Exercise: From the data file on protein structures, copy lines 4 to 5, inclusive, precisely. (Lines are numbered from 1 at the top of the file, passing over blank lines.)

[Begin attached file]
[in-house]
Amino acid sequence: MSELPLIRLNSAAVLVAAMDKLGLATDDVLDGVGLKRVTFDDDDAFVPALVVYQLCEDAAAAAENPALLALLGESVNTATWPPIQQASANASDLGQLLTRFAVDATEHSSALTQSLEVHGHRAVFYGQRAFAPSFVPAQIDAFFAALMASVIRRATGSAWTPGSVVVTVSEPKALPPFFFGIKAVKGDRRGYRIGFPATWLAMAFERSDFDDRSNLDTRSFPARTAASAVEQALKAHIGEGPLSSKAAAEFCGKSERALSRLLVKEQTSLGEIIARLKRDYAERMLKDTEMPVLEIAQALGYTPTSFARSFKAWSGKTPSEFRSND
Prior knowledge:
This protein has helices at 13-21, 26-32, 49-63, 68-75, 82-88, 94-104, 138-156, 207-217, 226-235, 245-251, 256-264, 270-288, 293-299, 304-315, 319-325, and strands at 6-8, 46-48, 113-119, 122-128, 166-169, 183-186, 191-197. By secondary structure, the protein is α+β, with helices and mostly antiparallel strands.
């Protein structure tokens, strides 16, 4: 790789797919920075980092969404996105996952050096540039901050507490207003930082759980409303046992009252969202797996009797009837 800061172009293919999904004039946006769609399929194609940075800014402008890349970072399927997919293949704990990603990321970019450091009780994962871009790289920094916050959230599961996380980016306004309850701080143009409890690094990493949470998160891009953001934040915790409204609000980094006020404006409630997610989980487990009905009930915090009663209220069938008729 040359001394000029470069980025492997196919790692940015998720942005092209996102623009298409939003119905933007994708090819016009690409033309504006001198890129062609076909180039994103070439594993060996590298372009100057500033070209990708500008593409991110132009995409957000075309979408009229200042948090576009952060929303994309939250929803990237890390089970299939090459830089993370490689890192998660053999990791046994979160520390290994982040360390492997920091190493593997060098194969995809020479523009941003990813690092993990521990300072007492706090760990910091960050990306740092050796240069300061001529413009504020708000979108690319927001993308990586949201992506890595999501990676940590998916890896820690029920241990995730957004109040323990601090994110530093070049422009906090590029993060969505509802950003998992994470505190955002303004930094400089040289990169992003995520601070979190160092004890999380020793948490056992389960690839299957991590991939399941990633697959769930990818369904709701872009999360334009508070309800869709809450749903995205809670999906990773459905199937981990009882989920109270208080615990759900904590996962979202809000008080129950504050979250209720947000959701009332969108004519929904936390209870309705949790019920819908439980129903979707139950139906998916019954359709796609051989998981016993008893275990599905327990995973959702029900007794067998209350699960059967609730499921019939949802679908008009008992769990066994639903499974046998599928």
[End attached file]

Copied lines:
This protein has helices at 13-21, 26-32, 49-63, 68-75, 82-88, 94-104, 138-156, 207-217, 226-235, 245-251, 256-264, 270-288, 293-299, 304-315, 319-325, and strands at 6-8, 46-48, 113-119, 122-128, 166-169, 183-186, 191-197. By secondary structure, the protein is α+β, with helices and mostly antiparallel strands.
């Protein structure tokens, strides 16, 4: 790789797919920075980092969404996105996952050096540039901050507490207003930082759980409303046992009252969202797996009797009837 800061172009293919999904004039946006769609399929194609940075800014402008890349970072399927997919293949704990990603990321970019450091009780994962871009790289920094916050959230599961996380980016306004309850701080143009409890690094990493949470998160891009953001934040915790409204609000980094006020404006409630997610989980487990009905009930915090009663209220069938008729 040359001394000029470069980025492997196919790692940015998720942005092209996102623009298409939003119905933007994708090819016009690409033309504006001198890129062609076909180039994103070439594993060996590298372009100057500033070209990708500008593409991110132009995409957000075309979408009229200042948090576009952060929303994309939250929803990237890390089970299939090459830089993370490689890192998660053999990791046994979160520390290994982040360390492997920091190493593997060098194969995809020479523009941003990813690092993990521990300072007492706090760990910091960050990306740092050796240069300061001529413009504020708000979108690319927001993308990586949201992506890595999501990676940590998916890896820690029920241990995730957004109040323990601090994110530093070049422009906090590029993060969505509802950003998992994470505190955002303004930094400089040289990169992003995520601070979190160092004890999380020793948490056992389960690839299957991590991939399941990633697959769930990818369904709701872009999360334009508070309800869709809450749903995205809670999906990773459905199937981990009882989920109270208080615990759900904590996962979202809000008080129950504050979250209720947000959701009332969108004519929904936390209870309705949790019920819908439980129903979707139950139906998916019954359709796609051989998981016993008893275990599905327990995973959702029900007794067998209350699960059967609730499921019939949802679908008009008992769990066994639903499974046998599928």